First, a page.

You, Me and the Movies (2024)

Paromjit

2,985 reviews25.5k followers

April 23, 2019

This is one for movie obsessives and film fans, Fiona Collins writes a story of Arden Hall, with a narrative that goes back and forth in time, from when as a university student she embarked on an emotionally intense and passionate relationship that was everything, revolving around the classic movies she loved and watched with her lover, Film Studies lecturer, Mac Bartley-Thomas, a man who was the centre of her world. As is often the case, this all consuming youthful love affair was destined to not last and Arden's life trajectory through the years shaped her into a very different woman from who she used to be. The trials and tribulations of the life she faced, included a troubled marriage, she is now thirty years later divorced, lonely, doing an uninspiring job, and to all intents and purposes, a broken woman.

On visiting a friend in hospital, the present day Arden coincidentally encounters her former lover, Mac, left with serious brain damage after an accident. Mac can only make short references to the great movie classics they watched all those years ago, such as Pretty Woman, and Casablanca. However, these references takes Arden vibrantly back to a time that meant so much to her and the woman full of life that she used to be, a life force to be reckoned to be. We are given a picture of how her life then began to take its toll on her. There is humour in this entertaining story of movies, love and of an Arden who slowly begins to find herself again to begin to live again. This an enjoyable read overall, but the storytelling at times made for a rather uneven reading experience. Many thanks to Random House Transworld for an ARC.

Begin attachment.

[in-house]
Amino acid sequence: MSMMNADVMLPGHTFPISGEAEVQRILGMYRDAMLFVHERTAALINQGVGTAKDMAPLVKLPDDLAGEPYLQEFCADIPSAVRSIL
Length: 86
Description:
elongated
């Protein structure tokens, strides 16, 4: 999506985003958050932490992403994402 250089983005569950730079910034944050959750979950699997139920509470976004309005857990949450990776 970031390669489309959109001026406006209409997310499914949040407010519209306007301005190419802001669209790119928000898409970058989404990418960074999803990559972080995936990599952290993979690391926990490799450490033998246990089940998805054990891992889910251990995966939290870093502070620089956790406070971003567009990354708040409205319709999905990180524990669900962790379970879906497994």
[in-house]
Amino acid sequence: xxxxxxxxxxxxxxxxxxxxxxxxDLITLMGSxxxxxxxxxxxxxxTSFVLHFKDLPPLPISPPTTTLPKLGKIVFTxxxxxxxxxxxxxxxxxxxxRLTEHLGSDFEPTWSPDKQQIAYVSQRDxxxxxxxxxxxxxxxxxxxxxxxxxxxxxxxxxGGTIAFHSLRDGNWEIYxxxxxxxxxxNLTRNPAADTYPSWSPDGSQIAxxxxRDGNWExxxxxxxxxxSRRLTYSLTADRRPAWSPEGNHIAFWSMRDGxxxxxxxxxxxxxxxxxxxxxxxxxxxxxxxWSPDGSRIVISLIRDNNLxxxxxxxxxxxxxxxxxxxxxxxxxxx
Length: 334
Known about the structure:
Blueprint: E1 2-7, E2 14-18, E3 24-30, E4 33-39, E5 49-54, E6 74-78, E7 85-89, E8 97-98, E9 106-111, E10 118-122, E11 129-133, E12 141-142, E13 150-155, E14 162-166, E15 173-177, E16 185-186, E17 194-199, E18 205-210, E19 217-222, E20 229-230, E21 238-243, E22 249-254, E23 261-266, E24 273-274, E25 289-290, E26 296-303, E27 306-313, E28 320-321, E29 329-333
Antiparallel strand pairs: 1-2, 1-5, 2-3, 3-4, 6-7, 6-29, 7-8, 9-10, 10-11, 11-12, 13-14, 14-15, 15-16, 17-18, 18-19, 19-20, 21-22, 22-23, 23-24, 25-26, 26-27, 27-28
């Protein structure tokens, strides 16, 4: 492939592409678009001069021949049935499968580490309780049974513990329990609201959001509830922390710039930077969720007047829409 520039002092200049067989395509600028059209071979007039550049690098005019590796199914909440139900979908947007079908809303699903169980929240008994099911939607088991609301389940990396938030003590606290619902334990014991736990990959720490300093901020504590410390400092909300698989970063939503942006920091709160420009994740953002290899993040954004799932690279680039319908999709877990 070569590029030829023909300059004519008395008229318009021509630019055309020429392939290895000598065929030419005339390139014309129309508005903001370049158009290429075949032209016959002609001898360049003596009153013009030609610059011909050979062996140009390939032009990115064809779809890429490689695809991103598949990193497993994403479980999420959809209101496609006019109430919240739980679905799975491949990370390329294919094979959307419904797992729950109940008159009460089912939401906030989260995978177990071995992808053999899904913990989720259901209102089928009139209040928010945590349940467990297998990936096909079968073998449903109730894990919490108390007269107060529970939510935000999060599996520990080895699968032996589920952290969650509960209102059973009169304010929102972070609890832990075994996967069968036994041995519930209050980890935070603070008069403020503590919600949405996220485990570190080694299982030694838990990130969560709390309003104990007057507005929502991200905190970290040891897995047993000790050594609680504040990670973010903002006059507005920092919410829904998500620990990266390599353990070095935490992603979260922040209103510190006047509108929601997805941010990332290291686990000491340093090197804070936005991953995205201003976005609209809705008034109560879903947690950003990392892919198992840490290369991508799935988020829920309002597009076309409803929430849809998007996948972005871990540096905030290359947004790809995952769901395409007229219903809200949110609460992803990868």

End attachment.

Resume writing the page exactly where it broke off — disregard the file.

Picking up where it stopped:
contemporary-fiction netgalley women-s-fiction

Michelle

1,445 reviews167 followers

July 13, 2019